6 In Books & Writing

4 Lessons Learned from my First NaNoWriMo

NaNoWriMo stands for National Novel Writing Month. Most nerds like me (and perhaps you?), will have heard about this. It happens in November and makes for a hectic month of typing, scribbling and madness.

My own version of NaNoWriMo happened a little earlier in the year, when I was on holiday at my parents’ country home and wrote about 25 000 words for my novel in about 3 weeks. Being at the peace and quiet of the country side, and mainly not having internet, really helps type away.

Because it came so easy to me during the summer, last November, I decided that I should give NaNoWriMo a go! I can totally do this – I mean I blog every day, and I already spent like 3 weeks writing every day, fully dedicated – this will be easy!

haha …no! It wasn’t. It was a failure, to put it nicely. I don’t think I was prepared beforehand and also I don’t think I was prepared for the commitment (especially while having a life). Today, I thought that I would share the lessons I learned from my first (failed) attempt!


LESSON ONE :  Have an idea ready.

This one goes without saying, but it’s better to have a clue of what you will be doing before starting this marathon challenge!

LESSON TWO:  Stick with your original idea.

That was definitely one of my mistakes early one. I changed my mind three times the first week, slowing me down exponentially with the word count. I wrote 5000 of the first story, then got bored and wasn’t sure where it was going, so switched to a second idea – that one didn’t last long – and then on to a third. By then, I was so behind that I just gave up. Giving up equals failure.

LESSON THREE:  Plan the crap out of it.

I saw that advice being given literally the day before starting – and I wish I had seen it before because it is perhaps the most useful thing you’ll hear about this project. If you have an idea beforehand, there is nothing that stops you from writing down character bios, a plot, ideas of obstacles and events, etc. The more you plan, the easier it will be once you have that blank page in front of you.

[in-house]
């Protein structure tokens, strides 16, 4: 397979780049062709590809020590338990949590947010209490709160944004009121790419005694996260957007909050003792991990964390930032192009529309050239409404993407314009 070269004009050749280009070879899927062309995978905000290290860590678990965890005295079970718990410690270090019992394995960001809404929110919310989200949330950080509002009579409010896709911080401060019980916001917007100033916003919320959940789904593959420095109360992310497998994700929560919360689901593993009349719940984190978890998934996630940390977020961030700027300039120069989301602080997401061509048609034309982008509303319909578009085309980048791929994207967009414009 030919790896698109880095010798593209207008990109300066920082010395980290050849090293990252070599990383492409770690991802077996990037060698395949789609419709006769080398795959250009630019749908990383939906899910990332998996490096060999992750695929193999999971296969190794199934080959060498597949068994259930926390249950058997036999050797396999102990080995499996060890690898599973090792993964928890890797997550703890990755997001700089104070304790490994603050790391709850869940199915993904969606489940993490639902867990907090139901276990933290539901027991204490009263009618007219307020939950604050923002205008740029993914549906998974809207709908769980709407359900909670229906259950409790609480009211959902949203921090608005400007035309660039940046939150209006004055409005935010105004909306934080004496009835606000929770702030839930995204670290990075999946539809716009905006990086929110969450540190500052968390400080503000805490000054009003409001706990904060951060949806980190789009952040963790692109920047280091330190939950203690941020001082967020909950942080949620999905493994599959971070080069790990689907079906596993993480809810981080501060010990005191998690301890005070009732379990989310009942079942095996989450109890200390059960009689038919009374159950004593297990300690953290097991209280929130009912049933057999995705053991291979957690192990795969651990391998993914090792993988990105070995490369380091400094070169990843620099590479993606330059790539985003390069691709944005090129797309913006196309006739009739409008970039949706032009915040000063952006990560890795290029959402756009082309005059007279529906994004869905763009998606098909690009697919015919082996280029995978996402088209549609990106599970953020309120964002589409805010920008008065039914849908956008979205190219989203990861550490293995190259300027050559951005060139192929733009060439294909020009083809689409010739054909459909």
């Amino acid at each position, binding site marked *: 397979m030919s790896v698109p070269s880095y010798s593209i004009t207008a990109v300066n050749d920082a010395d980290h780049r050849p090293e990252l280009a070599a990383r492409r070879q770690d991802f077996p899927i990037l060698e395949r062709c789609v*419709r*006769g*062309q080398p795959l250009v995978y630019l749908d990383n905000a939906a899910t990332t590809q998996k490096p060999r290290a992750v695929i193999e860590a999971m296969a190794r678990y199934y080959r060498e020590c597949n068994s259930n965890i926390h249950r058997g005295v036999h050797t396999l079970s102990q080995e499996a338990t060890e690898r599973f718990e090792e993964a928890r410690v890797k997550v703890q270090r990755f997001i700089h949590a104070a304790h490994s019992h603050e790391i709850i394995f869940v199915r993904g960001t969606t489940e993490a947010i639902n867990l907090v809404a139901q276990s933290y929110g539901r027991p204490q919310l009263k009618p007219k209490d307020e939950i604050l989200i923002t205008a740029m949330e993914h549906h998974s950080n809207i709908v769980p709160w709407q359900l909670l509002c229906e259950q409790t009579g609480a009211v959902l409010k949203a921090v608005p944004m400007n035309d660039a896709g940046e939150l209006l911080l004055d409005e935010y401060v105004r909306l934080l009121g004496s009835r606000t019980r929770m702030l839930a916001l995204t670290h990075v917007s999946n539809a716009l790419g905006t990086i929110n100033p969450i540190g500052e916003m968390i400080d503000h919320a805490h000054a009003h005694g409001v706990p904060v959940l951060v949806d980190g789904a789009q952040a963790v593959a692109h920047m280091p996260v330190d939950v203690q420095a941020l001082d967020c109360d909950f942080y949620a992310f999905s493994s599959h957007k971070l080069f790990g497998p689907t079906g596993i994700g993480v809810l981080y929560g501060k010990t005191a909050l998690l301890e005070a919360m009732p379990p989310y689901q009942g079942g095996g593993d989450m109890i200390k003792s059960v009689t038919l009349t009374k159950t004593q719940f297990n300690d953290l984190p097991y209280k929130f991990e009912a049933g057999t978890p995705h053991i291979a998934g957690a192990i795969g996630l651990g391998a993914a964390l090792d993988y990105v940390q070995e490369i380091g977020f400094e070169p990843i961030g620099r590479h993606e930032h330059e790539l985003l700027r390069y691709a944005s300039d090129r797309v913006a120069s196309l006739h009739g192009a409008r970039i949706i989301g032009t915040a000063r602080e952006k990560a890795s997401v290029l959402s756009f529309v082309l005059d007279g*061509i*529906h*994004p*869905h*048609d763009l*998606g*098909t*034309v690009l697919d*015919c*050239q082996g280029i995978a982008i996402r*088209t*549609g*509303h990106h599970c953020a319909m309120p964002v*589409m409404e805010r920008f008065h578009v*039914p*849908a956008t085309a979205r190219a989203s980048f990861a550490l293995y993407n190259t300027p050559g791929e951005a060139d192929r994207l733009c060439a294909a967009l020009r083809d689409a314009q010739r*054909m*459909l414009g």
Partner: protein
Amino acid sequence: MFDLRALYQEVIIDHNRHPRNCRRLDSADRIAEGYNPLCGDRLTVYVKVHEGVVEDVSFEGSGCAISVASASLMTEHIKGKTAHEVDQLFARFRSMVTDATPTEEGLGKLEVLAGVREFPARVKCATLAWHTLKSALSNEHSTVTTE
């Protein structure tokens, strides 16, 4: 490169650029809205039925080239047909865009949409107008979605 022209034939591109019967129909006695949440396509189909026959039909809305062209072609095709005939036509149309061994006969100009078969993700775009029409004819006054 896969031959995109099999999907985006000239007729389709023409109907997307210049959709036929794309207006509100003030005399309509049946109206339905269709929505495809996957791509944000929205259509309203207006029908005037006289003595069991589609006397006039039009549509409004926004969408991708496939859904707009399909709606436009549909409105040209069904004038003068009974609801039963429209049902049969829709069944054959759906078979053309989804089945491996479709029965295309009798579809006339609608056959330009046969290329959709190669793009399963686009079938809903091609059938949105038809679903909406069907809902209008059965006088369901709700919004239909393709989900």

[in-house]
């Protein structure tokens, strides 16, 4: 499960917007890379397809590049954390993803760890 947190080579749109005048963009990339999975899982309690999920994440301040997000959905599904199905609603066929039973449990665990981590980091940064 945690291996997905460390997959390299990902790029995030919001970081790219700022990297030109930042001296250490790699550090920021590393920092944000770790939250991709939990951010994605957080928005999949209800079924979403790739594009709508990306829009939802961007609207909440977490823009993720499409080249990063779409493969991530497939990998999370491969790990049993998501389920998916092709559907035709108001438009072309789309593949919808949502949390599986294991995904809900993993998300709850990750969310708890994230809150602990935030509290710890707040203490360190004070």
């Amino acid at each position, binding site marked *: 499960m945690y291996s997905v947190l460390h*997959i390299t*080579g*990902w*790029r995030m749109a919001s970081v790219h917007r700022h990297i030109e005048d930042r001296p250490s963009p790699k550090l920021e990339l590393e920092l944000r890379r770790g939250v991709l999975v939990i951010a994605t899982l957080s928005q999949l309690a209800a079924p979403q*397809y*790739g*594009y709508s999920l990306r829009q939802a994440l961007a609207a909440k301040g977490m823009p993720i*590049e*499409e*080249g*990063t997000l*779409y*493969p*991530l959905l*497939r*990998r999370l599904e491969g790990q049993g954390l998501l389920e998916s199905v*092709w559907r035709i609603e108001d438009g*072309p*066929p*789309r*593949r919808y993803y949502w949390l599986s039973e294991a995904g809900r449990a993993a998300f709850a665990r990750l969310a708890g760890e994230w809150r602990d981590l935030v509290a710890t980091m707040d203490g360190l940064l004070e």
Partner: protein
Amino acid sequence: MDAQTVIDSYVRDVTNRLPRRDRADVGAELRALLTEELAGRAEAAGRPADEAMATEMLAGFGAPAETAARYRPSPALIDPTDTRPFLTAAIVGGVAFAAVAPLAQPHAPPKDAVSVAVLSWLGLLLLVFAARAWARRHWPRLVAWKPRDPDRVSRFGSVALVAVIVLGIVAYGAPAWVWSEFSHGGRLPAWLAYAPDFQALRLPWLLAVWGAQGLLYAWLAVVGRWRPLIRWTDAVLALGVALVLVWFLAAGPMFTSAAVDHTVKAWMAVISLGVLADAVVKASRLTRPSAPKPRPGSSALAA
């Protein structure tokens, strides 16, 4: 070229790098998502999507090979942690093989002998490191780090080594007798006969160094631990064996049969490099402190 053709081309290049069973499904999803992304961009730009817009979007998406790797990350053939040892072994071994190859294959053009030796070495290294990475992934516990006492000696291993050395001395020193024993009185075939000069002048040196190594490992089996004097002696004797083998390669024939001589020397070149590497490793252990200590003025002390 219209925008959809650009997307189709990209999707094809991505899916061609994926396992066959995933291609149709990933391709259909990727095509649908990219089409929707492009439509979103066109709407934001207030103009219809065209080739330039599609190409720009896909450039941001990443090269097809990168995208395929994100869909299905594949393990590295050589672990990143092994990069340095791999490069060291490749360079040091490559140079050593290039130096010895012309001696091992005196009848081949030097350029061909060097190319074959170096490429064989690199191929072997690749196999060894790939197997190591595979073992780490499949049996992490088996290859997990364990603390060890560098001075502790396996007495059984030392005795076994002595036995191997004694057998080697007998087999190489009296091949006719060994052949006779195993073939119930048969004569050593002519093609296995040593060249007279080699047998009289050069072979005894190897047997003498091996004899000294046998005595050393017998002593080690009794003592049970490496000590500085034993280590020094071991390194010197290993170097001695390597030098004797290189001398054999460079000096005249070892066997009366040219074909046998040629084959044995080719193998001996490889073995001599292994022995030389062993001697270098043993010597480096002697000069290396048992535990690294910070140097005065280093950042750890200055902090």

Although, if you have already read my thoughts on novel writing, you’ll know that I’m terrible with planning a plot. I’ve even been told some of my stories don’t have a plot… so that is definitely one of my biggest weaknesses.

LESSON FOUR: Make sure to assign time every day.

Those 5000 words that you didn’t write the last few days? Yeah, you’ll never catch up. I told myself that every time I started a new storyline and, yeah well I never did catch up, did I? I see myself as a writer, I write every single day, whether it’s at work or for the blog or even for a fiction story. I found this commitment, however, very difficult! Obviously I had other things to do, and sometimes told myself that I should wait until an idea sparked. Yeah you don’t have time to wait! The words need to be typed today or they might not be at all!

In conclusion, the commitment to the story and to the month was much bigger than I anticipated. But looking back on it, I learned a few valuable lessons about writing and about life (like giving up is a sure way to fail). Hopefully, I get my shit together this year and crush this next November!

Have you ever attempted NaNoWriMo? What would be your advice?xx


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